The Pigeon Detectives Return To The Sugarmill

REBEL SPEAKS TO DRUMMER, JIMMI NAYLOR, AHEAD OF THEIR STOKE PERFORMANCE

Leah Hamer || March 9th

The Pigeon Detectives have been blasting our ears with untameable, catchy, indie-pop tunes since 2004. If you don’t hear I Found Out or Take Her Back on a night on the town, have you even been out? But after thirteen years of upbeat, boy meets girl lyrics and bouncy rhythms, the five lads from Leeds have unleashed, Broken Glances- a fresh, mature and experimental album that has sparked the attention of their fans- old and new.

Ahead of their performance at The Sugarmill, Stoke, on Friday 10th March, REBEL spoke to their drummer, Jimmi Naylor, about their growth as a band and how Broken Glances has become his favourite work to date.

On the 24th February, The Pigeon Detectives released their fifth studio album, Broken Glances, a thoughtful collection of harmonious tracks- somewhat different from their usual charming, laddish singles. ‘The album is more concise than albums of previous. Stylistically it's my favourite and has more of a classic album vibe as oppose to an album of songs which all feel like singles. It's sonically more experimental.’ Jimmi states, reflecting on their new approach to music.

After a decade of releasing material, since their first smash hit, Wait For Me, and a four-year gap since their last album, We Met At Sea, it must be difficult to forge new sounds and styles, whilst maintaining true to your original ethos. ‘Some of it came easy and some of it was more difficult.’ Jimmi confesses, ‘I think it was a challenge writing melodies in a more subtle way than we may are used to, but the sound aspect was easy. We were all pretty set on the direction we were going to take so it was just a case of testing lots of guitar FX pedals, amps and outboard effect units to set out what we wanted to achieve. That was a lot of fun.’

Despite the new approach, the reaction has still been overwhelming, as usual. ‘It's been awesome. People have been championing different tracks for different reasons. I think it's enjoyable for lots of different kinds of people: musos who are into really alternative stuff and people who dip in and out of more accessible music.’

To celebrate the albums launch, the five-piece have loaded up the tour bus for another string of UK and international dates, including Stoke-On-Trent’s Sugarmill, this Friday, each stop Jimmi eagerly anticipates, ‘Scotland crowds are always well up for getting lairy and jumping around. Plus we enjoy the big London shows. But we always look forward to playing abroad, Amsterdam and Berlin in particular.’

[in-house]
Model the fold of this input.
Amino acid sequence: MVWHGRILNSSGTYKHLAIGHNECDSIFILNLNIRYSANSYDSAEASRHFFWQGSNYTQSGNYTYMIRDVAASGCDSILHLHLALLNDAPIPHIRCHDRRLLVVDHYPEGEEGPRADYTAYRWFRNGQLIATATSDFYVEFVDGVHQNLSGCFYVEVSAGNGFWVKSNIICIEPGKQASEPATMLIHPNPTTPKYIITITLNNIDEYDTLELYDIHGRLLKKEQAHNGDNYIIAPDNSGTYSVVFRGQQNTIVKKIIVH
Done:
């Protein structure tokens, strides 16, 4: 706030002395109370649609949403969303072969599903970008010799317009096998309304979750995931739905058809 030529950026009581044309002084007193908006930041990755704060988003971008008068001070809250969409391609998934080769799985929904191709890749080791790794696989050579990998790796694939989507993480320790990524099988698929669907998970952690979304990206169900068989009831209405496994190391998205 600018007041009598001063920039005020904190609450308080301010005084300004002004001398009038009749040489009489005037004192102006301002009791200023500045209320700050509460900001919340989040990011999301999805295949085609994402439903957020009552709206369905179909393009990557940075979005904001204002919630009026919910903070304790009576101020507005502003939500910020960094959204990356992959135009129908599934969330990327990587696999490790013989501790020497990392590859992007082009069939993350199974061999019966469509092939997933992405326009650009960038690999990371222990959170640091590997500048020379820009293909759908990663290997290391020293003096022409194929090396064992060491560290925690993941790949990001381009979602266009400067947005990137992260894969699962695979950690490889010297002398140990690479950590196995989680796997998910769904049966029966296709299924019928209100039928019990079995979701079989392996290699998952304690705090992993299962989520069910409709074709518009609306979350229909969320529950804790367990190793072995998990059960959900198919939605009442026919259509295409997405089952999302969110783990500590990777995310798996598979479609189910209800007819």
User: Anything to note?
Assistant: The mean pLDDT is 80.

The band have always prided themselves on their vivacious live performances, and nothing has changed since the first time they stepped onto a stage, ‘We maybe take the live performance a little more seriously than before, but we still play hard after the show and try to take the whole experience in. So we soak up the mad crowds, and the culture of all the different cities we travel to. We know we're not going to be doing this forever!’

Jimmi cannot stress the importance of performing live hard enough, ‘DO NOT neglect your live show!’ Is his strict order to up and coming bands, ‘Play as much as physically possible and continue improving your performance. We made our career out of live shows, it's very rare a band makes a wave off the back of a demo.’ 

As a band that have toured all over the globe endlessly, Jimmi’s favourite memories of life in The Pigeon Detectives remain close to home, ‘My favourite memory has to be the first we played Reading and Leeds Festival. Reading came first; we walked out onto the Carling Stage and the tent was bursting at the seams with people outside trying to get in.’

That was before they even released their first album, so you can imagine what kind of reaction they conjure these days, but for the lucky few that have obtained a ticket to their sold out show at The Sugarmill on Friday 10th March, you’ll see it for yourself.